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The Great's Peter III Dies, Felled by His Own Stupidity

The one-time emperor of Russia died as he lived: driven by his insecurities and toppled by his foolishness.
  • Nicholas Hoult in The Great Season 3 (Photo: Parisa Taghizadeh/Hulu)
    Nicholas Hoult in The Great Season 3 (Photo: Parisa Taghizadeh/Hulu)

    [Editor's Note: This post contains major spoilers about The Great Season 3.]

    The Great's Peter III (Nicholas Hoult), the husband of Empress Catherine the Great (Elle Fanning), has died. Peter, who briefly reigned over Russia before he was overthrown by Catherine, fell into a frozen lake while on an unsanctioned excursion to conquer Sweden and prove his worth to the ghost of his late father, Peter the Great (Jason Isaacs).

    Born to immense privilege and overbearing parents, Peter grew up in an environment that rewarded cruelty. He learned to disregard the opinions and feelings of others at a young age. As the future emperor, the world bent to his whims, and anyone standing in his way was discarded without mercy. Peter's penchant for violence carried through to adulthood: He believed in eye-for-an-eye vengeance and often spoke about the satisfaction he found in murdering his enemies (and also courtiers who called him a "d*ckhead," or men who took an interest in Catherine, or the unfortunate souls who just happened to be in the wrong place at the wrong time).

    However, after Catherine expressed her distaste for Peter's brutality, he made an effort to curb his natural impulses, to varying degrees of success. Notably, as Catherine attempted to outlaw murder in Russia, he resisted the urge to carve out the eyes of the man who sexually assaulted him when he was a child, though Peter did slash the man's throat after his best friend Grigor (Gwilym Lee) fired the first shot into his chest.

    Given his volatile temper, fearful courtiers lavished praise and affection upon Peter, but his family life was a different matter entirely. Peter the Great and Grand Duchess Anna Petrovna neglected and abused their son, trauma that went unaddressed until Peter reached adulthood. For years, Peter kept Anna's mummified corpse on display in a glass case, but his love for Catherine helped him come to terms with her callousness; after a one-sided confrontation, he accidentally destroyed Anna's body, closing the book on their fraught relationship.

    Peter found it more difficult to free himself from his father's grasp. Just days before Catherine gave birth to Paul I, their first and only child, Peter, in a hallucinogenic stupor, saw a vision of the late Peter the Great, who berated him for losing Russia and failing to live up to his potential as a leader. The criticism made Peter commit to being a better father — he doted on Paul, and was often seen toting him around the palace in a fur-lined BabyBjörn — but it also haunted him. In an attempt to secure his legacy and discredit Peter the Great's dim analysis of his choices, Peter, egged on by Swedish King Hugo (Freddie Fox) and General Velementov (Douglas Hodge), set out to invade the Scandinavian nation without Catherine's approval.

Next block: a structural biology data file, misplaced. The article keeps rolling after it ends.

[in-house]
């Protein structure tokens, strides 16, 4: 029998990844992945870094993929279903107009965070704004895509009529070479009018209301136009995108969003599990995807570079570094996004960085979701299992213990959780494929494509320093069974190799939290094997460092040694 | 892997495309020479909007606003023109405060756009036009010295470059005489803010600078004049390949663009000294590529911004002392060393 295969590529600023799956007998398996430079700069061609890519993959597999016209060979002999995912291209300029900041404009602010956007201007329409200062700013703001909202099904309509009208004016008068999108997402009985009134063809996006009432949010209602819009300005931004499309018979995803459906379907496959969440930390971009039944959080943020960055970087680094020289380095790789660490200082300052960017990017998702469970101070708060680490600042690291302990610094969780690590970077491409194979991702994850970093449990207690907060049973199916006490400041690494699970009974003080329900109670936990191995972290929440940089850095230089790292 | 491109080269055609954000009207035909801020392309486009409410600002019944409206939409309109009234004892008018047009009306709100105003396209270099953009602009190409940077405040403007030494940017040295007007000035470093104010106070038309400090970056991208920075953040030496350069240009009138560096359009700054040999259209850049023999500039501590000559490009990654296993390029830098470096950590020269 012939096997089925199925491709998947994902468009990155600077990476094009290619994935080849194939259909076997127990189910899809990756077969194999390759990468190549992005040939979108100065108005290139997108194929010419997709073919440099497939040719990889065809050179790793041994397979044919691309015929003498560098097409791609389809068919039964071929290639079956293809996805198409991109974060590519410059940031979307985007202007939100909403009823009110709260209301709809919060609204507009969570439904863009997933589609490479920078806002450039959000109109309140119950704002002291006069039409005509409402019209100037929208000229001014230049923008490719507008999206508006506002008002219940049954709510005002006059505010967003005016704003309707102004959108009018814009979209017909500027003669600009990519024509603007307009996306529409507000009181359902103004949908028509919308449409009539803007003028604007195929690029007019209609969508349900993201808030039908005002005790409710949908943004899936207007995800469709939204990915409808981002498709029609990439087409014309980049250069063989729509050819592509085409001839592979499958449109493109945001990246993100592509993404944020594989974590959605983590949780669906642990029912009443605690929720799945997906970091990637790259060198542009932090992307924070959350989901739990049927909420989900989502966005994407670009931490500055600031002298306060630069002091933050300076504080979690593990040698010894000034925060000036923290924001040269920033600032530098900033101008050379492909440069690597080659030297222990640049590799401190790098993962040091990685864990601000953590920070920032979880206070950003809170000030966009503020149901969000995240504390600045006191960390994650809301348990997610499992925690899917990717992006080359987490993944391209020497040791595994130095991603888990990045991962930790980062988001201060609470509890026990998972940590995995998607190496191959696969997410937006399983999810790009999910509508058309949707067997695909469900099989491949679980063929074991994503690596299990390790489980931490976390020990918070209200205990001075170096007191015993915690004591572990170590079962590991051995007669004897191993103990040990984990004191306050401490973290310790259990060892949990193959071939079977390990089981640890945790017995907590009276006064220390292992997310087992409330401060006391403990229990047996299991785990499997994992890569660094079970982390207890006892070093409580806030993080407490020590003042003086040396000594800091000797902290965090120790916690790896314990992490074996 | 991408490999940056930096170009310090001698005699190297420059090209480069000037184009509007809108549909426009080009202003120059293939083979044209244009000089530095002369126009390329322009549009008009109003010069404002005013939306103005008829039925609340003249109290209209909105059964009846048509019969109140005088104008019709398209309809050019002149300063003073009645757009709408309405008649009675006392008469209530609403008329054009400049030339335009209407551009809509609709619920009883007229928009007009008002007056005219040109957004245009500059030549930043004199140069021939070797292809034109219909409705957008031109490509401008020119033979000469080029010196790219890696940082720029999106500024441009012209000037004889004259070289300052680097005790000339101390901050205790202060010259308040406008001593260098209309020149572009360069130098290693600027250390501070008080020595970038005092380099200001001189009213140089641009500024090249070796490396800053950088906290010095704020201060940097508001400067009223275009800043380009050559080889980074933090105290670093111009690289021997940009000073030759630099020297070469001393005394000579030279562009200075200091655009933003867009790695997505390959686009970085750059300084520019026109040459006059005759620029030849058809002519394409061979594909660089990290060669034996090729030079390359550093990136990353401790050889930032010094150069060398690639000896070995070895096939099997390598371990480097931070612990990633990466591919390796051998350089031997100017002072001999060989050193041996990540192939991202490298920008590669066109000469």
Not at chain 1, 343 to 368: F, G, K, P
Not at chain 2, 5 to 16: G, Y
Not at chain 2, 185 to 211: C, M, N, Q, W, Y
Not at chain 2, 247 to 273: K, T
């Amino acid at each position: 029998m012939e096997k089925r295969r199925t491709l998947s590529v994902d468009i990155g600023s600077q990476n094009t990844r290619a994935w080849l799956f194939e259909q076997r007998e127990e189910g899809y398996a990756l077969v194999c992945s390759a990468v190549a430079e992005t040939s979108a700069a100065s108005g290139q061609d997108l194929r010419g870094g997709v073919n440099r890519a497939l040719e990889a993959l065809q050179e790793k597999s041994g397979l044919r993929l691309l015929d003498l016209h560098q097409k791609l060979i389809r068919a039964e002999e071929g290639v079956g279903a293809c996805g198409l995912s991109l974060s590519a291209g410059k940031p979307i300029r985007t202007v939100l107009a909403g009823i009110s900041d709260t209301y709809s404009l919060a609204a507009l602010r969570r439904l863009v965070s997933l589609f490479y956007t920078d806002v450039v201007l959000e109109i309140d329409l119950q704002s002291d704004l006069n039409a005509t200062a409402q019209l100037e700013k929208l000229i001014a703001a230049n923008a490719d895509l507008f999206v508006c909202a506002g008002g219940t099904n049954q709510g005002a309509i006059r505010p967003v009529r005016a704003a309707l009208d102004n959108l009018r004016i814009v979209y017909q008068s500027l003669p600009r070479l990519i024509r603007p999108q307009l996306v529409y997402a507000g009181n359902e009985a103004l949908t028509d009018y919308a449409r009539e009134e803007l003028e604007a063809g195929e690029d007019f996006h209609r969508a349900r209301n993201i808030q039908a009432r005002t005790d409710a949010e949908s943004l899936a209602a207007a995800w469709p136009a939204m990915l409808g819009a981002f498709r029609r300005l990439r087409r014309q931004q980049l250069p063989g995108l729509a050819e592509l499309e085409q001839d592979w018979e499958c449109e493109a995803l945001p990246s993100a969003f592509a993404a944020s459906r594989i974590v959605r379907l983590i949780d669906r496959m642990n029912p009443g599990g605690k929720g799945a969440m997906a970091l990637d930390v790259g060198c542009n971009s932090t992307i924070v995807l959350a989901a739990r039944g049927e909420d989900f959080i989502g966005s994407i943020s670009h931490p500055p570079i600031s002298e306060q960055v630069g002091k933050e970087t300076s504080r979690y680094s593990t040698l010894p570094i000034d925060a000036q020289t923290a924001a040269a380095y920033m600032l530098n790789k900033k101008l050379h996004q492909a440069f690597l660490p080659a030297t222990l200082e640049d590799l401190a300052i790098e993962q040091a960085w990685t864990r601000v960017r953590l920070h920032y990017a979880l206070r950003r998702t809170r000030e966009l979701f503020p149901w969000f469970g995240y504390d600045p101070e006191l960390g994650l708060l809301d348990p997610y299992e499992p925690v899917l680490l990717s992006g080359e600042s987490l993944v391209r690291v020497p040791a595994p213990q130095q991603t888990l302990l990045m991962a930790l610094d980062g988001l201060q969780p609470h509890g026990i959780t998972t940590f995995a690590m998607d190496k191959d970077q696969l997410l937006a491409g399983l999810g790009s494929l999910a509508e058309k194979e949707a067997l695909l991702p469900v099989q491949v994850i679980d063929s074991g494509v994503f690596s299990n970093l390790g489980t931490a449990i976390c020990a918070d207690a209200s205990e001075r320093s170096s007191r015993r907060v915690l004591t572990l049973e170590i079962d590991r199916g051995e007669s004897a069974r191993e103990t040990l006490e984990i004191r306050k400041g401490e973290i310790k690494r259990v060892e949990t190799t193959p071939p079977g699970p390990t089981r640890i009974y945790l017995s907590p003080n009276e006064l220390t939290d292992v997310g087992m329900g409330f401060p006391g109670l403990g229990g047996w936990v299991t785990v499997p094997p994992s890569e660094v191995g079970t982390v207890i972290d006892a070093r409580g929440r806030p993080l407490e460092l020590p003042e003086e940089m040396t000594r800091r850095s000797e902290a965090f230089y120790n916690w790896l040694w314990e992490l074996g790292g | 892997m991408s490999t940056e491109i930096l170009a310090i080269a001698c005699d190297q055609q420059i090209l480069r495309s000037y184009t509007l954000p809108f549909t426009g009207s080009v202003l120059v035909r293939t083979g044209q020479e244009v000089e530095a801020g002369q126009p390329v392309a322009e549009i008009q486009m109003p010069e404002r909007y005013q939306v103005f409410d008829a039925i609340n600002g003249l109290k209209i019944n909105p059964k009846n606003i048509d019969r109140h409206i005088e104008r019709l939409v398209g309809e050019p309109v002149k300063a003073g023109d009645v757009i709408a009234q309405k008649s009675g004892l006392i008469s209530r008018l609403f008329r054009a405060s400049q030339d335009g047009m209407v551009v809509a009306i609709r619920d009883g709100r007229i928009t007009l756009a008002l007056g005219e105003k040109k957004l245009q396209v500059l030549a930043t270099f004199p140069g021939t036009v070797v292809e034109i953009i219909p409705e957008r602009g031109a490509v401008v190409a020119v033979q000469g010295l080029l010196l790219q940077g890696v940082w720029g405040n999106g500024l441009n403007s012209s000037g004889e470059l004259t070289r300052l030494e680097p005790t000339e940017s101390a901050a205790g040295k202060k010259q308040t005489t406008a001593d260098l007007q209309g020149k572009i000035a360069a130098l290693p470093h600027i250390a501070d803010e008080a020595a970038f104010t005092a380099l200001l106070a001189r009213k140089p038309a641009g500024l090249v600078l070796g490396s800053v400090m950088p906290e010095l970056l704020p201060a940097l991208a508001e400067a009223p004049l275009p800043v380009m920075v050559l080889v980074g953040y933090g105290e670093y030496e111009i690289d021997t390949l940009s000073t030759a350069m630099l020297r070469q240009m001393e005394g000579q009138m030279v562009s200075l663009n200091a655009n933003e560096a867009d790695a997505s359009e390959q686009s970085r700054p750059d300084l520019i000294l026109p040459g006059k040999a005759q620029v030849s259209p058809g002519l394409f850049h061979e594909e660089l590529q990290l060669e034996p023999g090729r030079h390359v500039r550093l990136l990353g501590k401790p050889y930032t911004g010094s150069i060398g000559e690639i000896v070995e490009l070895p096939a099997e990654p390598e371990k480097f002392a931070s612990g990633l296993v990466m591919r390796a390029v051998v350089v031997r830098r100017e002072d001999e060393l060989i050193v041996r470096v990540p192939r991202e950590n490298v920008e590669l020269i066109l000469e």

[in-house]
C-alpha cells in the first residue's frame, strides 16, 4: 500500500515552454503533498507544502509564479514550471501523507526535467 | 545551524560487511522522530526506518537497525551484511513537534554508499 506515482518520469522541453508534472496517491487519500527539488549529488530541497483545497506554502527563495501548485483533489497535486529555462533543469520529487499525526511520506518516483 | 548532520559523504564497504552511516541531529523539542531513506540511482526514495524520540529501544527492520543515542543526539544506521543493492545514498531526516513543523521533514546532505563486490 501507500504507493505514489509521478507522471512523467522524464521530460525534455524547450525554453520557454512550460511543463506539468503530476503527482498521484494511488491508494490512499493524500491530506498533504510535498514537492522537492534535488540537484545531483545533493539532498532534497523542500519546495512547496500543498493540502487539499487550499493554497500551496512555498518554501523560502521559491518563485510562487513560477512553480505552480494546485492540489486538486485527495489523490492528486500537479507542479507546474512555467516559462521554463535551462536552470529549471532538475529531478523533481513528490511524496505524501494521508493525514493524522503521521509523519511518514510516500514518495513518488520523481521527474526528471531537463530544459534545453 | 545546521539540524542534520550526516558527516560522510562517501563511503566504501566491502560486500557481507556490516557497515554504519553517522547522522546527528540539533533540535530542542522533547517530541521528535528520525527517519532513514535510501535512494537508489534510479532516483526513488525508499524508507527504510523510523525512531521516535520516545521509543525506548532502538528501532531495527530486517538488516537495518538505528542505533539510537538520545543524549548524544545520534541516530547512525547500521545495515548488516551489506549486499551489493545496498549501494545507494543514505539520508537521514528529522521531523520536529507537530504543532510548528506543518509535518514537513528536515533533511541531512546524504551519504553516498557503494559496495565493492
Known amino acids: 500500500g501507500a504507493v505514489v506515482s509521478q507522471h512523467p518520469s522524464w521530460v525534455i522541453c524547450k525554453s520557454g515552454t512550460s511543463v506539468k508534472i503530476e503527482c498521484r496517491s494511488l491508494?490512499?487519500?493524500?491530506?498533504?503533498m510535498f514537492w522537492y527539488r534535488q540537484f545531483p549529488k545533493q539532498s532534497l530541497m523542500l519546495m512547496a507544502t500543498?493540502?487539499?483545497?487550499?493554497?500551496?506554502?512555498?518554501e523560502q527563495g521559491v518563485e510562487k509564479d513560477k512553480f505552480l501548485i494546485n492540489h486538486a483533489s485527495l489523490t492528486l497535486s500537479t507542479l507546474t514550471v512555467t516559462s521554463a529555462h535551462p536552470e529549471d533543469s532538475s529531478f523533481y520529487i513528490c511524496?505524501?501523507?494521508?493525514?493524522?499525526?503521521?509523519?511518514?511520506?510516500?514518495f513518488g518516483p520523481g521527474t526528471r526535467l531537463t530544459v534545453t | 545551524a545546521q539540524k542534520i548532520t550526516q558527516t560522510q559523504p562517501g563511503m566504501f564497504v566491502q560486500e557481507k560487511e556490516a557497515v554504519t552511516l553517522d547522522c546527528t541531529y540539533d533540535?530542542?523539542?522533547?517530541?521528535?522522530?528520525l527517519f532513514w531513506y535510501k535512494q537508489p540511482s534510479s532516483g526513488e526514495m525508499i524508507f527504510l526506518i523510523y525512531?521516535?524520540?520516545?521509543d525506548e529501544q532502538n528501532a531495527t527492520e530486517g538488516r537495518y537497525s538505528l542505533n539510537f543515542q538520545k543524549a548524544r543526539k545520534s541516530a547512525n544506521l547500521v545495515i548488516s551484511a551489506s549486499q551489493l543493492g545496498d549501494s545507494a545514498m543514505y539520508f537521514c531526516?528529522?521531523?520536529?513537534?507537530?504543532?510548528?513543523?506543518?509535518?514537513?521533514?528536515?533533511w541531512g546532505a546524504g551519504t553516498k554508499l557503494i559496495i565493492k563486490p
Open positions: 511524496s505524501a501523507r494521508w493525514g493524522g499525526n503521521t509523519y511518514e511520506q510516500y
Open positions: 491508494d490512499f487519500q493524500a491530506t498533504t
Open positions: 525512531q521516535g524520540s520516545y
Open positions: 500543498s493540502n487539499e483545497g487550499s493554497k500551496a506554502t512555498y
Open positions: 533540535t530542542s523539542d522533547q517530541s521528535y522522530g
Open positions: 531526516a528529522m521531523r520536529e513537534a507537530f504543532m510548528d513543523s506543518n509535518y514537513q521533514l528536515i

Catherine tried to stop their advance by appealing to Peter's passion for food (the same strategy that led to her successful coup), and his love for his family. Both approaches failed, as Peter insisted taking Sweden was the only way to "save" their relationship. In his final moments, he offered one last declaration of love before climbing onto his horse and riding across an icy lake to rejoin Hugo and Velementov. Halfway between the two camps, Peter seemed to rethink his position, but just as he turned back to Catherine, the ice buckled beneath him. He fell into the freezing water below, as Catherine looked on in shock.

    Despite all the progress he made with Catherine by his side, Peter died as he lived: driven by his insecurities and felled by his own stupidity. His death was preventable in myriad ways, if only he had unpacked his father's emotional and physical abuse a bit more, or believed Catherine when she insisted he was "enough" as he was, or had a strong enough understanding of science — the very thing Catherine sought to bring to Russia — to recognize the inherent danger of riding a horse across a thin sheet of ice.

    Ultimately, in death, as in life, Peter proved to be his own worst enemy. He survived a coup, wars with Sweden and the Ottoman Empire, and countless assassination attempts — including one by his own wife, who sought revenge after her mother, Johanna (Gillian Anderson), died while having sex with Peter — but sitting astride a horse on a frozen lake in the Russian wilderness, the weight of his foolishness proved too great. Though Peter's passing continues to send shockwaves through court, few are surprised by the circumstances surrounding his demise: For a man ruled by his bodily compulsions and mercurial temperament, desperate to live up to the greatness of his father but ill-equipped to actually do so, it was always going to go this way.

    The Great Season 3 is now streaming on Hulu. Join the discussion about the show in our forums.

    Claire Spellberg Lustig is the Senior Editor at Primetimer and a scholar of The View. Follow her on Twitter at @c_spellberg.

    TOPICS: The Great, Hulu, Elle Fanning, Jason Isaacs, Nicholas Hoult